We are still viewed as trusted sources of information by the public and may even face questions from our patients about the upcoming election. Therefore, understanding our patients, their context and the political determinants of their health can only add richness to those conversations as practitioners of social medicine.


  1. Mackenbach JP. Politics is nothing but medicine at a larger scale: reflections on public health’s biggest idea. Journal of Epidemiology and Community Health. 2009;63(3):181-4.
  2. Lind S. GPs should be “prepared to walk away from the NHS”, says LMC leaders: Pulse; 2024 [Accessed 7/6/2024]
  3. Francis S. Lib Dems pledge to hire 8,000 extra GPs if elected 2024 [Accessed 7/6/2024]
  4. Hiam L, Klaber B, Sowemimo A, Marmot M. NHS and the whole of society must act on social determinants of health for a healthier future. BMJ. 2024;385:e079389
  5. Kickbusch I. The political determinants of health—10 years on. BMJ : British Medical Journal. 2015;350:h81.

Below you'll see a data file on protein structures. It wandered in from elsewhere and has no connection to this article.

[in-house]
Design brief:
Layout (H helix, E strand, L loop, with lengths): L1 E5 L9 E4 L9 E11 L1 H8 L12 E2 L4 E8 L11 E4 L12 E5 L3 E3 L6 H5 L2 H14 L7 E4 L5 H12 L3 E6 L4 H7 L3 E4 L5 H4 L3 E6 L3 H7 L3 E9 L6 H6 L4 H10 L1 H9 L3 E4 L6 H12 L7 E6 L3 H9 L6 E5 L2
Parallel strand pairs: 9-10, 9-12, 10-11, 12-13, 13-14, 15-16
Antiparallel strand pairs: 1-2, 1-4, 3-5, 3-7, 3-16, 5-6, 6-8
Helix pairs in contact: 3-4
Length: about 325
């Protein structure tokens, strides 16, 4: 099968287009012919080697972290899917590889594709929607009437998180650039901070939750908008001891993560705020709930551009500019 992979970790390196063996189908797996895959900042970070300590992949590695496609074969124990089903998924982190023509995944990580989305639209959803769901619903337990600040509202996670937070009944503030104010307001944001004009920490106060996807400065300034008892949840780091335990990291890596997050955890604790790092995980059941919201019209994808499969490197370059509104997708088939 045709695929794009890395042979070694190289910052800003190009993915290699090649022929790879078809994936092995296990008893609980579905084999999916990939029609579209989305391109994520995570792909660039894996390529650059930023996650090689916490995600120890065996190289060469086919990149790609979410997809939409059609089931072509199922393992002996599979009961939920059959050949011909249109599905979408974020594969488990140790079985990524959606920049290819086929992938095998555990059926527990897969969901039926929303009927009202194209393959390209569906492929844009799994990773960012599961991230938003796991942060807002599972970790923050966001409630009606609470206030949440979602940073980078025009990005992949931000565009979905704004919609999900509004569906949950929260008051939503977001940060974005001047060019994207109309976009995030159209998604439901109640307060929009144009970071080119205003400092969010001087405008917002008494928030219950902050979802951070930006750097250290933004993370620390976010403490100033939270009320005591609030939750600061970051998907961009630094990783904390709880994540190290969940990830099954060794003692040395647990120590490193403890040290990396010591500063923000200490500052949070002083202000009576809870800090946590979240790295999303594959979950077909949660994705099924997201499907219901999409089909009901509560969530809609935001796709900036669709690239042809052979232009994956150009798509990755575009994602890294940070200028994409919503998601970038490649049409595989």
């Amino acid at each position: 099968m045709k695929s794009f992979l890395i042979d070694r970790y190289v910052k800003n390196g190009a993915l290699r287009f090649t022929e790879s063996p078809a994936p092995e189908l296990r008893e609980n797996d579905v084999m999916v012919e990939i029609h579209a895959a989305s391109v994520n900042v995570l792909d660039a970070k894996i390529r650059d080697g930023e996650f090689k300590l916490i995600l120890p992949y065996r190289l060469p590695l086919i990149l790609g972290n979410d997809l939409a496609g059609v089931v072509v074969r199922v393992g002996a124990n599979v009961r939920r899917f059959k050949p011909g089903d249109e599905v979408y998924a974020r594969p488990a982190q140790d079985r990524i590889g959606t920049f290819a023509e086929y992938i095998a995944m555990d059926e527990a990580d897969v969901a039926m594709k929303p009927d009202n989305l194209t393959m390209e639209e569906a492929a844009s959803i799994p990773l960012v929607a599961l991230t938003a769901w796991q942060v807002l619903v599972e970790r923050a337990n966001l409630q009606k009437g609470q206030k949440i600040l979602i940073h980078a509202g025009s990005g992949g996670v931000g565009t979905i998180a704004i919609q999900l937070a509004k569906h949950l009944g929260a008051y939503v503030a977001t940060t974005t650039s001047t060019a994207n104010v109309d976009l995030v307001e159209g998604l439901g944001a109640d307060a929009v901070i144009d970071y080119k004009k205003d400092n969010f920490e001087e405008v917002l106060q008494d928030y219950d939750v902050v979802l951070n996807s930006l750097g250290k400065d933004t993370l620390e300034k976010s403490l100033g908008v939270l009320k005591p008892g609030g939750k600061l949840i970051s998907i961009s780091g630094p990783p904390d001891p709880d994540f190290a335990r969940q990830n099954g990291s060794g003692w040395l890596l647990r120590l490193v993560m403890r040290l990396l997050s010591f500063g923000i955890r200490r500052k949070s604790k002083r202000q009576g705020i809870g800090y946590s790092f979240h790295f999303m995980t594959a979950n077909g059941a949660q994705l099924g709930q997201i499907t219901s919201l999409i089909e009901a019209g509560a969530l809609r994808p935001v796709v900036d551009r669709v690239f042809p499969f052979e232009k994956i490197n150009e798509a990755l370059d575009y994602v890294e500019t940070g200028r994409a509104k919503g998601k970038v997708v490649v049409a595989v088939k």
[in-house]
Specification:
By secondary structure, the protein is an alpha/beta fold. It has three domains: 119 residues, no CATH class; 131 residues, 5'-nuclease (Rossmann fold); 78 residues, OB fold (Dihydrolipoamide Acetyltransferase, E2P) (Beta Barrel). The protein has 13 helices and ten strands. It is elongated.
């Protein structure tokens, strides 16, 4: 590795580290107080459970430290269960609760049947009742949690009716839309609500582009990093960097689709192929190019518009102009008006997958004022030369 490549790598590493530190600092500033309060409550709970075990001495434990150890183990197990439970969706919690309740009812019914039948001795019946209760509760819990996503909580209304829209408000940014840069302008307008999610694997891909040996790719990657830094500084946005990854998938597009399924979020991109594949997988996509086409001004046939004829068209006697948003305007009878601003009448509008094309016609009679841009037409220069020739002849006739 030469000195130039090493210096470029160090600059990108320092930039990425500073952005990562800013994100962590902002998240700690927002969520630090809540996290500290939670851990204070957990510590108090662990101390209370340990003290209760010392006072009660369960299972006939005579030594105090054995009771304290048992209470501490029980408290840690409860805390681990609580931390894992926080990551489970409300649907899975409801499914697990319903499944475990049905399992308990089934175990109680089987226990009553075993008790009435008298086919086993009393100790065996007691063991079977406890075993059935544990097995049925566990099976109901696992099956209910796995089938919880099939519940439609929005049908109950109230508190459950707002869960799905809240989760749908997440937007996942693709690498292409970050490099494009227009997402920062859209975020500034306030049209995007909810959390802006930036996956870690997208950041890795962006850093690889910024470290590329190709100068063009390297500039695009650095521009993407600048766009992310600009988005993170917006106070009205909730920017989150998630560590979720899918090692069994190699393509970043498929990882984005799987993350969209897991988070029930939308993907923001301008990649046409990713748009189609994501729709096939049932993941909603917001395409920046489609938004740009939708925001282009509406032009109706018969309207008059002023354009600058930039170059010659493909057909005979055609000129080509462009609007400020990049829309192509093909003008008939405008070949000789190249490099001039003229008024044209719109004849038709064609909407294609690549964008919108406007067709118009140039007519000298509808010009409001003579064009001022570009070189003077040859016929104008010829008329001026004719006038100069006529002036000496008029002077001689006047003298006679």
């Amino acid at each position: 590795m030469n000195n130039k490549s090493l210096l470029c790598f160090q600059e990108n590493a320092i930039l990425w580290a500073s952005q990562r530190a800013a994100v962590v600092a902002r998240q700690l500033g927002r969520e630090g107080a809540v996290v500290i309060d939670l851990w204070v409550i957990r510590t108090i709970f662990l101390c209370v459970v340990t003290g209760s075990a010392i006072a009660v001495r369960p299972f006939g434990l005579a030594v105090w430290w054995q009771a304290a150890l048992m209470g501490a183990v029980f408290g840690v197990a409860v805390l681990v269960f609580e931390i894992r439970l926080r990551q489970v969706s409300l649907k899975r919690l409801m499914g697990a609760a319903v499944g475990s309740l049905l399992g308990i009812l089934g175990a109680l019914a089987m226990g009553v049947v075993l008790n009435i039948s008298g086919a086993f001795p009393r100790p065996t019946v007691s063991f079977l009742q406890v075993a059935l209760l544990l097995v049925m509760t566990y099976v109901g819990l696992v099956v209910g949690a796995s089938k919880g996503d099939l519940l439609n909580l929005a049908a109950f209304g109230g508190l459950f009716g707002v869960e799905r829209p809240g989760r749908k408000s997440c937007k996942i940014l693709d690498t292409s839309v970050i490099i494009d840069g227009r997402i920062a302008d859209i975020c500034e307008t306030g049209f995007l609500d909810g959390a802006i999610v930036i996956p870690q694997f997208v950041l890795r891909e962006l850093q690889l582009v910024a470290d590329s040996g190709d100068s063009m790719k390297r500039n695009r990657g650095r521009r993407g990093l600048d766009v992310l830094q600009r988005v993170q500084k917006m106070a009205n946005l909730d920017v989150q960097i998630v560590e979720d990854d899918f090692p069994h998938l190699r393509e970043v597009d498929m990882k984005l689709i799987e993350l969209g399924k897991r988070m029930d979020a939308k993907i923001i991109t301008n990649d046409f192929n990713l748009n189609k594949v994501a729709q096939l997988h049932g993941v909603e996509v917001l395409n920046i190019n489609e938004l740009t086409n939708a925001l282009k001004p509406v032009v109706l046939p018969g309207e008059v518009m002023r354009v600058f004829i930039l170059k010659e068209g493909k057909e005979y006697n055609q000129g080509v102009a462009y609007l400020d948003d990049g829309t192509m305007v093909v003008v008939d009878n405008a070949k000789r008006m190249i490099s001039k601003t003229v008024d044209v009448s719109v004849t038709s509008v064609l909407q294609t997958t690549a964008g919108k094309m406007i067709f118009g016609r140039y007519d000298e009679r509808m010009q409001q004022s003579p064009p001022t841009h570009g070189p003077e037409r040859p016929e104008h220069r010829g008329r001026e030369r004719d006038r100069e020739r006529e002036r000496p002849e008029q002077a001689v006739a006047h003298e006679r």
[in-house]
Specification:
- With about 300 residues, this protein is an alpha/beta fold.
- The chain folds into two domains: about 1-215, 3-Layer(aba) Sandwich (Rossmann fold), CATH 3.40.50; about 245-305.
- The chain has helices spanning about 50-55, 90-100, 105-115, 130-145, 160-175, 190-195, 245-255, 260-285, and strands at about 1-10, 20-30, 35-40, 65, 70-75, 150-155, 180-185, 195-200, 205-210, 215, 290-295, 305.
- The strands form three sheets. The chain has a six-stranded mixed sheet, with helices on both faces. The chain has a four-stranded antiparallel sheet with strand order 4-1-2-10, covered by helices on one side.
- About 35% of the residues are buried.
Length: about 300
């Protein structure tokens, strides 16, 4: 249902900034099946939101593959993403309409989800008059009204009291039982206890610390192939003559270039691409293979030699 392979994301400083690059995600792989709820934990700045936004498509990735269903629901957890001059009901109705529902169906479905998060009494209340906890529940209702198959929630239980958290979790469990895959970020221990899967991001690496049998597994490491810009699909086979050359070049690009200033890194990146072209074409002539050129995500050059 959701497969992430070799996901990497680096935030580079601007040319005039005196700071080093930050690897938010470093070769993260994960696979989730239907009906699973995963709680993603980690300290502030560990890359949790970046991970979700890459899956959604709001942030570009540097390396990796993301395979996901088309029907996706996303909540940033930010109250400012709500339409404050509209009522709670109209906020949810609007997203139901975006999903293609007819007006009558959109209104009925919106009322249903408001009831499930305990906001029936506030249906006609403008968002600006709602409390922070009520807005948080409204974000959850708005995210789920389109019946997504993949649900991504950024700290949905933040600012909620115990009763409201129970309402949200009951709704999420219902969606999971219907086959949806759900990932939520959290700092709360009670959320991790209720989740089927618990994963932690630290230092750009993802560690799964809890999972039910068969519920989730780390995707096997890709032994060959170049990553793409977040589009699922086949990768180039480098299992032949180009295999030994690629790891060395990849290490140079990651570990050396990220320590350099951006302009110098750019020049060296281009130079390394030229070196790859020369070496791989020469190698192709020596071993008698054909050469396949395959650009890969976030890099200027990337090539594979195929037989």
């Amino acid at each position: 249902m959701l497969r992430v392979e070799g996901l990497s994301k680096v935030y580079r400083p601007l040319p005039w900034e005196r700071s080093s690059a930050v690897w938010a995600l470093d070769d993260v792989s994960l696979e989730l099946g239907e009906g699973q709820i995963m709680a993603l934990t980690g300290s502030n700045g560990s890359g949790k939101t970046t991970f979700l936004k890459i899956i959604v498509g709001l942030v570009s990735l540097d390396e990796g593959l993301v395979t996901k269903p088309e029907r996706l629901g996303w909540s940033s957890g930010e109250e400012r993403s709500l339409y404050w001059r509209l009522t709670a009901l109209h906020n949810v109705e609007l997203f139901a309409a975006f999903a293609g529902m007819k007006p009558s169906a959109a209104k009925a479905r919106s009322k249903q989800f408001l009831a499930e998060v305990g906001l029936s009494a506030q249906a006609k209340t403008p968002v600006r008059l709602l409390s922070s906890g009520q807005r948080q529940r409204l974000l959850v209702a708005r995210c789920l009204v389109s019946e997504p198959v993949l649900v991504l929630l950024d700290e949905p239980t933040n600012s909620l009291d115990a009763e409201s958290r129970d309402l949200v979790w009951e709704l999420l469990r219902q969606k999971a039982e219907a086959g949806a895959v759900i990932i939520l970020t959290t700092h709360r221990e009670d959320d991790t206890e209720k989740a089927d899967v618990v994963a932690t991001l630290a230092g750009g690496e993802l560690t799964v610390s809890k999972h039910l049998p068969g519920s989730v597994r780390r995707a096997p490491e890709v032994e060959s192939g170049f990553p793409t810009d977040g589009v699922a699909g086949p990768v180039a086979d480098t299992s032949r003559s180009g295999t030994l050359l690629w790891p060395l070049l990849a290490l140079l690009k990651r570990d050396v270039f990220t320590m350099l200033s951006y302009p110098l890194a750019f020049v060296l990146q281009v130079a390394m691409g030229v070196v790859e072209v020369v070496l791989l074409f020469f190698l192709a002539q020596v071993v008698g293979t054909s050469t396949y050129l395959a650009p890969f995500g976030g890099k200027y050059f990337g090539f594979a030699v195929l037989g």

6. Babbel B, Mackenzie M, Hastings A, Watt G. How do general practitioners understand health inequalities and do their professional roles offer scope for mitigation? Constructions derived from the deep end of primary care. Critical Public Health. 2019;29(2):168-80.
  7. Fell G. Importance of sustainable local government funding in tackling health inequalities in the UK. Perspectives in Public Health. 2024;144(3):146-7.
  8. Greer SL, Falkenbach M, Siciliani L, McKee M, Wismar M, Figueras J. From Health in All Policies to Health for All Policies. The Lancet Public Health. 2022;7(8):e718-e20.
  9. Stein T. What to look out for in a campaign speech about health and care: Nuffied Trust blog; 2024 [Accessed 7/6/2024]
  10. General election 2024: The King’s Fund; 2024  [Accessed 7/6/2024]
  11. General election: The Health Foundation; 2024 [Accessed 7/6/2024]

Featured image by Ugur Akdemir on Unsplash